it is expected that these contain information only about a single
      event (i.e., one VEVENT) or recurring event (several VEVENTs with
      the same RECURRENCE-ID) This has implications for both writers and
      readers of these source files:

      *  Writers MUST always provided well-formed data that complies to
         this document and, more generally, to iCalendar format

      *  Readers can't rely on the size of an input to decide whether it
         is valid or not, and SHOULD implement parsers that detect

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5.  Future work

   As mentioned in section Section 2.2.2, the data URI scheme would be a
   nice fit for providing an uniform format for specifying events in the
   Web and printed media (QR and other formats), and we have only chosen
   another method because data support is currently limited.

   We plan to update this document with a data URI compatible format as
   soon as its support is more widespread, allowing it to be used by
   native applications, browser applications and physical media with the
   same support currently available for regular URIs.  The format
   specified here is compatible with data URI and minimal changes would
   be needed to convert from one format to another.

6.  Acknowledgements

   The authors would like to thank the members of CalConnect TC-EVENTPUB
   committee for its contributions to this document, particularly Dave
   Thewlis, Cyrus Daboo and Thomas Schaefer.

7.  References

              AddThisEvent, "AddThisEvent", 2012,

              Last checked in August 26, 2015

              CalConnect, "CalConnect: The Calendaring and Scheduling
              Consortium", January 2004, <>.

              Last checked in November 1, 2015

              Google Inc., "Android Calendar Contract", October 2011, <

              Last checked in August 26, 2015

              Daboo, C., "New Properties for iCalendar", April 2015,

              Last checked in August 26, 2015

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              Google Inc., "Google Calendar", April 2006, <

              Last checked in August 26, 2015

              Celik, T. and B. Suda, "hCalendar Microformat", June 2005,

              Last checked in July 27, 2015

   [i-nigma]  3GVision, "i-nigma", August 2015.

              Last checked in August 27, 2015

   [RFC2397]  Masinter, L., "The "data" URL scheme", RFC 2397,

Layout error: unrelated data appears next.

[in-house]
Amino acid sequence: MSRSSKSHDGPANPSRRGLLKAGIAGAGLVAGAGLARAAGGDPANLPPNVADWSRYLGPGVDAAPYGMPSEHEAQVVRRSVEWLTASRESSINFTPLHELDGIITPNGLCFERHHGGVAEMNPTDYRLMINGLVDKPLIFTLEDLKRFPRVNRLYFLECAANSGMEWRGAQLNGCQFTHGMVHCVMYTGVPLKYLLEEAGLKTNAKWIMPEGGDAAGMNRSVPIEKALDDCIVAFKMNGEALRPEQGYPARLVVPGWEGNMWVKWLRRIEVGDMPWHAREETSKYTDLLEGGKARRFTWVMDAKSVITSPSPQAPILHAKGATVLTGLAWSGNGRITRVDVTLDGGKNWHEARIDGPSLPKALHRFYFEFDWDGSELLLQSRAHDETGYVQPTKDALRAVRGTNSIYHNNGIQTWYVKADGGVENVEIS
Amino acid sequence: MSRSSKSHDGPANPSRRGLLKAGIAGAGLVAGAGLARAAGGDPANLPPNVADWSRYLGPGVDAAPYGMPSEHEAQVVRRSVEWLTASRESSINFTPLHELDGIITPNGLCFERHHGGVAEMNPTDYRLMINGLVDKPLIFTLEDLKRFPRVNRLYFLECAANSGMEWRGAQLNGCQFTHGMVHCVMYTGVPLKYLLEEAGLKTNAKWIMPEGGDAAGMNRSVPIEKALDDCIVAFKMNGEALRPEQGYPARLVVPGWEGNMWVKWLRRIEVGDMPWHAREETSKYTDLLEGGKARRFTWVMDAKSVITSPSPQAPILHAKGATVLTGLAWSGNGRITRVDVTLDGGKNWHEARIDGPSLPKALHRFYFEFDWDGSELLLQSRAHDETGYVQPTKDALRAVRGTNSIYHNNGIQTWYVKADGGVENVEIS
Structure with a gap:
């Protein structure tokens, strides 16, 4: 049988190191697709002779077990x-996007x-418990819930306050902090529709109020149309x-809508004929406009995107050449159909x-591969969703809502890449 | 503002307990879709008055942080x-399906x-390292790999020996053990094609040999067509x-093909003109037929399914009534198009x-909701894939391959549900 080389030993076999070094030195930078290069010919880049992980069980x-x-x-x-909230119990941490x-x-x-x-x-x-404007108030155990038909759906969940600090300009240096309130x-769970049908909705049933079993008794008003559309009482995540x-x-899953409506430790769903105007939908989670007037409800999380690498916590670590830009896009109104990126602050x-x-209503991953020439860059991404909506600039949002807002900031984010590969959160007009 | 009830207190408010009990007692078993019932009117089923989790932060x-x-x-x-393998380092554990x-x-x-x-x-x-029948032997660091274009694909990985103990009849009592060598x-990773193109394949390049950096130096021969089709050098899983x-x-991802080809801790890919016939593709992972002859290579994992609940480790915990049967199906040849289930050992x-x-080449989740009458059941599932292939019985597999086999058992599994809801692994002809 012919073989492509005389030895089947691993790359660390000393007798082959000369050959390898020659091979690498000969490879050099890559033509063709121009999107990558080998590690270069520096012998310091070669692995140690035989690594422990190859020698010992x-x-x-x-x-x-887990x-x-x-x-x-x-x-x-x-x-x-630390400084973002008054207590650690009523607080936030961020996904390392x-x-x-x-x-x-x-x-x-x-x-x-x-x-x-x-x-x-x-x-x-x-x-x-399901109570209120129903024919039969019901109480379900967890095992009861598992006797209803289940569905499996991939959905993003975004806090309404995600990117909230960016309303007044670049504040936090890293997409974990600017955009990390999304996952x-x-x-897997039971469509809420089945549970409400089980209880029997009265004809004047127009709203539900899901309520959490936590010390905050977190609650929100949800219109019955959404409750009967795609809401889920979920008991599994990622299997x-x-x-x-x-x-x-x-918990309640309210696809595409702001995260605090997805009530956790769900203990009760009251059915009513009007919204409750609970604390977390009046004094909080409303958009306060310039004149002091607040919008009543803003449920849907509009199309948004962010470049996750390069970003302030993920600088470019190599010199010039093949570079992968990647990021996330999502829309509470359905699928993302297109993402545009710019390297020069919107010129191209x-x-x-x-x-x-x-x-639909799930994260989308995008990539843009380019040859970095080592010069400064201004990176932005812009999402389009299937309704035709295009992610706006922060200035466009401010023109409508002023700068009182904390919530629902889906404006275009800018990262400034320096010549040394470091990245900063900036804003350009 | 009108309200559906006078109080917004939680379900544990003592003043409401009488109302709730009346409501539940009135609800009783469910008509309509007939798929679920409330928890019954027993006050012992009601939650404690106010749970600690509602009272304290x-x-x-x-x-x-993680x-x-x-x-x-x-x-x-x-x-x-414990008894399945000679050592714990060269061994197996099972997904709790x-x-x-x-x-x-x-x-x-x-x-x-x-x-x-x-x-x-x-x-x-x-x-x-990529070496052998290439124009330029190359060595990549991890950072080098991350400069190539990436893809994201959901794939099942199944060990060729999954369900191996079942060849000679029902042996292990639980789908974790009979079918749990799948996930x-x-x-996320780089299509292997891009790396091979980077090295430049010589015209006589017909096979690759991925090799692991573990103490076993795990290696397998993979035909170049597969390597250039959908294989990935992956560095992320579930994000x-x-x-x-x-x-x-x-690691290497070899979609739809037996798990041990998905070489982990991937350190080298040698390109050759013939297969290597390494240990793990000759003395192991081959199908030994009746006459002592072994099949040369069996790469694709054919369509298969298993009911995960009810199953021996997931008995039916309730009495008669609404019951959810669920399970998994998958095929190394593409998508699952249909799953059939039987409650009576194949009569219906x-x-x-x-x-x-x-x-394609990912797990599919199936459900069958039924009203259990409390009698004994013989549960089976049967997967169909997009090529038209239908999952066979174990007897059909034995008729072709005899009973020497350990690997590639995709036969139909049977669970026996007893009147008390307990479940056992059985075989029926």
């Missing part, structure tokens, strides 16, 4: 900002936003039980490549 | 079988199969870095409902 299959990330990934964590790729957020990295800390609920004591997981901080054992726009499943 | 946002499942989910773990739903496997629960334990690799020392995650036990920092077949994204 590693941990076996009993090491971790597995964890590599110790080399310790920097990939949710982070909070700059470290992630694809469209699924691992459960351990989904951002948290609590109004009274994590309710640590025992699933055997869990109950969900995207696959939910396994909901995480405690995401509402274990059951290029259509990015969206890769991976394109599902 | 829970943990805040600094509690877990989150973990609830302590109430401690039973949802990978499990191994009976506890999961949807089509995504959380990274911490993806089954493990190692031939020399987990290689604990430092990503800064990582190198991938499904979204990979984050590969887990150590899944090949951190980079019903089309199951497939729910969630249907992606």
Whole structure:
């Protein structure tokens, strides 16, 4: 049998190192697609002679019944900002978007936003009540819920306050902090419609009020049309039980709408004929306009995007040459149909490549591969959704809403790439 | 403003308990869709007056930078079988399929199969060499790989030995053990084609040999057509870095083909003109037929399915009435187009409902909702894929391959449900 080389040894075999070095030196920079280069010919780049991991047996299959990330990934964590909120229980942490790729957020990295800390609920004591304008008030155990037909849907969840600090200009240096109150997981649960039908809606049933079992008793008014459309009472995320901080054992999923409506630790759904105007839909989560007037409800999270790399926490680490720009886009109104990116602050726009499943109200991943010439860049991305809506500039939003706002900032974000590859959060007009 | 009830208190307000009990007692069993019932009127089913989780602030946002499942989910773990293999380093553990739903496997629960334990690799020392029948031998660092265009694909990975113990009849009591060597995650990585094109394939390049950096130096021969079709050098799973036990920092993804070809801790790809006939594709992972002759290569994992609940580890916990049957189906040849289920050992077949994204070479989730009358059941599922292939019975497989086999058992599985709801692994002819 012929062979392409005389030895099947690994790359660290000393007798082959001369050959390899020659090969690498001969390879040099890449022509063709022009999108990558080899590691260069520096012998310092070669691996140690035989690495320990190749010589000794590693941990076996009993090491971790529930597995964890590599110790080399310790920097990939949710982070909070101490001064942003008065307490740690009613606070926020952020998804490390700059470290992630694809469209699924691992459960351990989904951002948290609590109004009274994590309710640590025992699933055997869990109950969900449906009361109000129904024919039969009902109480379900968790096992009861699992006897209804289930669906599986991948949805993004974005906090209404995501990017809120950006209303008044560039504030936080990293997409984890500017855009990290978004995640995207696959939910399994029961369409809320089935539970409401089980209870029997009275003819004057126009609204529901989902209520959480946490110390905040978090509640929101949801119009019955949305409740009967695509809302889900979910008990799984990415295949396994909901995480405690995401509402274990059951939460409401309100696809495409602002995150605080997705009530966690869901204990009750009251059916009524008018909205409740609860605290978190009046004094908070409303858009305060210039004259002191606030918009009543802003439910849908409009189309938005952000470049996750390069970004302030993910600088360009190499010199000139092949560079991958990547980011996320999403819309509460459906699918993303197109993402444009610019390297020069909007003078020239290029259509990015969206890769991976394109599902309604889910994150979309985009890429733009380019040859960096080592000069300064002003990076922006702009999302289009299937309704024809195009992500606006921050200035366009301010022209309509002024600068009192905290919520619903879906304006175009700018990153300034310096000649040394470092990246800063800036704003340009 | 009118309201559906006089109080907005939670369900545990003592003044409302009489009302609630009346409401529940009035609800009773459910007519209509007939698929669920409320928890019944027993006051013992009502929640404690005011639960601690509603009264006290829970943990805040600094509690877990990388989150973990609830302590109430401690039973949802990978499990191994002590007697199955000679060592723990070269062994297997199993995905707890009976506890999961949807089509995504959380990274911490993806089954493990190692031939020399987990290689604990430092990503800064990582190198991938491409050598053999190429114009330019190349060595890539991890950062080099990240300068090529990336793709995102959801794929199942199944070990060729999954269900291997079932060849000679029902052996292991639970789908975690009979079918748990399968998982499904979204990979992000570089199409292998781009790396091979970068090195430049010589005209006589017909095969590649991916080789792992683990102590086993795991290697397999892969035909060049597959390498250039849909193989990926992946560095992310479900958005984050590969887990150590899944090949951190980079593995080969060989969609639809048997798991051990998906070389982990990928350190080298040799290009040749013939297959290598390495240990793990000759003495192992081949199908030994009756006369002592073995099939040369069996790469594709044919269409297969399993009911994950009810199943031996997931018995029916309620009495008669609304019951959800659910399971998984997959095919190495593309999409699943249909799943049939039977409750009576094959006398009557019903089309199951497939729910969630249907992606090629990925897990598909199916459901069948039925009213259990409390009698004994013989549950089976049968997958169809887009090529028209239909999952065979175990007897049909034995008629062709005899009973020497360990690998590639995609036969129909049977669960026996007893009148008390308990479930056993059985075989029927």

DOI 10.17487/RFC2397, August 1998.

   [RFC3986]  Berners-Lee, T., Fielding, R., and L. Masinter, "Uniform
              Resource Identifier (URI): Generic Syntax", STD 66,
              RFC 3986, DOI 10.17487/RFC3986, January 2005,

   [RFC4122]  Leach, P., Mealling, M., and R. Salz, "A Universally
              Unique IDentifier (UUID) URN Namespace", RFC 4122,
              DOI 10.17487/RFC4122, July 2005,

   [RFC5545]  Desruisseaux, B., Ed., "Internet Calendaring and
              Scheduling Core Object Specification (iCalendar)",
              RFC 5545, DOI 10.17487/RFC5545, September 2009,

   [RFC5870]  Mayrhofer, A. and C. Spanring, "A Uniform Resource
              Identifier for Geographic Locations ('geo' URI)",
              RFC 5870, DOI 10.17487/RFC5870, June 2010,

   [RFC6068]  Duerst, M., Masinter, L., and J. Zawinski, "The 'mailto'
              URI Scheme", RFC 6068, DOI 10.17487/RFC6068, October 2010.

   [RFC6838]  Freed, N., Klensin, J., and T. Hansen, "Media Type
              Specifications and Registration Procedures", BCP 13,
              RFC 6838, DOI 10.17487/RFC6838, January 2013,

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   [tz]       IANA, "Time Zone Database", 1986, <

              Last checked in August 27, 2015

   [RFC7595]  Thaler, D., Ed., Hansen, T., and T. Hardie, "Guidelines
              and Registration Procedures for URI Schemes", BCP 35,
              RFC 7595, DOI 10.17487/RFC7595, June 2015,

   [ZXing]    Owen, S., "ZXing Project", November 2007.

              Last checked in July 27, 2015

Authors' Addresses

   Raphael Menderico (editor)
   Google Inc.
   Brandschenkestrasse 110
   Zurich, ZH  8002


   Paulo Schlup
   Google Inc.
   Brandschenkestrasse 110
   Zurich, ZH  8002


   Lucia Kristiansen
   Google Inc.
   Brandschenkestrasse 110
   Zurich, ZH  8002